Newlywed conversations: organization

Turning Points 2 min read

I grew up in a family who was fond of making piles around the house. There was a pile of paperwork on the steps, a pile of mail next to the refrigerator, and a bottomless pile of magazines and newspapers ready to be recycled. This ‘love’ for clutter even extended to our bedrooms. Although my sister’s room was the worst, my room always had a sea of clothes covering the floor and a pile of books next to my bed.

In contrast, my husband, Dan, grew up with a love of organization. He comes from a family of six kids, so his need for order was really born out of a necessity to keep his younger siblings’ sticky little hands away from his stuff. If you left it out, it was sure to get ruined, so he developed good organizational habits pretty quickly!

My Piles of Junk vs. His Need for Order

After Dan and I got married, I started forming clutter piles for the both of us – what a great wife I was! As you can imagine, my side of the bed had my beloved pile of books and a mountain of paperwork was growing nicely on our dining room table. Clueless to the way these piles made Dan feel, I kept habitually forming new ones.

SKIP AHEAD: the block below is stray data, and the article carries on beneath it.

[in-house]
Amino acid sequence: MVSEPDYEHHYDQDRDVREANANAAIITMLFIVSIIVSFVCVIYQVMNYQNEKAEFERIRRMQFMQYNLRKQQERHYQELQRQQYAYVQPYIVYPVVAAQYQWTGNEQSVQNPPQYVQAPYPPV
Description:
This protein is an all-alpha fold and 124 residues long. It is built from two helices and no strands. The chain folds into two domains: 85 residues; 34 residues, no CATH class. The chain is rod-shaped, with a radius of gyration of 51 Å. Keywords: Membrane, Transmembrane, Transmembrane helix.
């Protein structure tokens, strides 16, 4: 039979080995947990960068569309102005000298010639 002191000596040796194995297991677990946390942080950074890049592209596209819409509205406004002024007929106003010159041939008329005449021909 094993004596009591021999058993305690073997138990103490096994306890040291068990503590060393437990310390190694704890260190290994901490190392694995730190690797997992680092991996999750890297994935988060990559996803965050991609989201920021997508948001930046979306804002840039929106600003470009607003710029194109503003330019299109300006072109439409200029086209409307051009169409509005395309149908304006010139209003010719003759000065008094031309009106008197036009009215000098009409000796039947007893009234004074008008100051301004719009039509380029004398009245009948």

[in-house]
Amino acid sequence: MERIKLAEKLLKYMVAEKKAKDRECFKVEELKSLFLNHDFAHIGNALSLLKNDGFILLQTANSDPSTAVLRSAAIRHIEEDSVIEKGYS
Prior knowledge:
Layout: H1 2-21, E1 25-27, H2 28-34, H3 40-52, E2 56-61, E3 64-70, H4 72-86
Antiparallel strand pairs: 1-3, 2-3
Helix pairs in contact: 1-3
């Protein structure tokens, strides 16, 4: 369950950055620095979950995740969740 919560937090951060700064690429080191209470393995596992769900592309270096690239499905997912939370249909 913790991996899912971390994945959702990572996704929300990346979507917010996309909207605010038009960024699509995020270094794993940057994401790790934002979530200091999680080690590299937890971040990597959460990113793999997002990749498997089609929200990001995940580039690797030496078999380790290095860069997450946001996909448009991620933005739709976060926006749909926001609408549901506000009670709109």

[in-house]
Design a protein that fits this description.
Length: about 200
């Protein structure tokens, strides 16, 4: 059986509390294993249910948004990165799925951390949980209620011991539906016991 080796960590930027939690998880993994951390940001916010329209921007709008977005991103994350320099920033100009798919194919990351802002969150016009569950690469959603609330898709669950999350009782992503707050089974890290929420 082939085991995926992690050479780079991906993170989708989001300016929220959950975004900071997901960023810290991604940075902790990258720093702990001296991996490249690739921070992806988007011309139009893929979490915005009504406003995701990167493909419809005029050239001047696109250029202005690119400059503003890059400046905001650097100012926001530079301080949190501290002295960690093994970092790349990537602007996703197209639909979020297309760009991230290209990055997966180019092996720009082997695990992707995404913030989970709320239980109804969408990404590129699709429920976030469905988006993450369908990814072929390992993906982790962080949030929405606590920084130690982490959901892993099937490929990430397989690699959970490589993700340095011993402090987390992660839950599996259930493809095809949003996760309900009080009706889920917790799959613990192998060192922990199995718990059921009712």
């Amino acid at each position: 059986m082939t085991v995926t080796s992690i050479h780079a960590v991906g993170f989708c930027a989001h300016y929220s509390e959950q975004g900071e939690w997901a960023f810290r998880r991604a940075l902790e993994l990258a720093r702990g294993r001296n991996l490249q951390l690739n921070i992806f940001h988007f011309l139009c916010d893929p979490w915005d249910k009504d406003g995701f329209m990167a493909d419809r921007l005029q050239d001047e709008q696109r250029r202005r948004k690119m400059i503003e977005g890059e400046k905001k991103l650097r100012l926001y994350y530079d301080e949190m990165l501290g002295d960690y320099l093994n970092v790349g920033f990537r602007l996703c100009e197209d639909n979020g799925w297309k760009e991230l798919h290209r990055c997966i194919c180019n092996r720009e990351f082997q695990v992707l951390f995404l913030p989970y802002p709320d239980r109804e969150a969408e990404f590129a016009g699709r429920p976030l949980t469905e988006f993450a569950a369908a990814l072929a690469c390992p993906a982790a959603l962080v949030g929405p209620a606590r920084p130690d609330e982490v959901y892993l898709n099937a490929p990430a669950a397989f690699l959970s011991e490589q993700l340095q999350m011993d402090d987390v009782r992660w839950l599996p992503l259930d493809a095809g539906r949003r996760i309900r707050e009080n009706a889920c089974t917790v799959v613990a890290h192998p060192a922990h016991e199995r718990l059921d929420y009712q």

I don’t remember how long it was before Dan brought it up, but being organized was the topic of one of our first tough conversations as a newlywed couple. He explained to me that although I thought of these piles as my way of organizing, he thought of them as heaps of clutter and they made him feel anxious.

We sat down and talked about ways to deal with the situation. I wasn’t going to be a natural at keeping everything super organized, and he wasn’t going to be comfortable with my clutter, so we had to meet somewhere in the middle.

The Compromise

As with any good marriage, Dan and I learned to communicate and compromise together. We went shopping for a bookshelf for my side of the bed and file bins for the dining room. He didn’t love seeing the file bins, but he was happy that the paperwork was becoming organized in one place.

In the first year of marriage, it can be difficult to get used to thinking about another person and how some of your habits may affect them. It was tough for me to get used to putting things away (gasp). Now that I knew how important a clutter-free zone was to him, I slowly came around and saw the error of my ways. It helped knowing how my clutter made him feel because I didn’t want it to be the cause of his anxious feelings.

Over the years, we have developed our own way of staying organized as a couple. I have learned to appreciate how organized Dan is, and he has even taken to creating a pile or two. Of course, they are full of things he wants me to put away!

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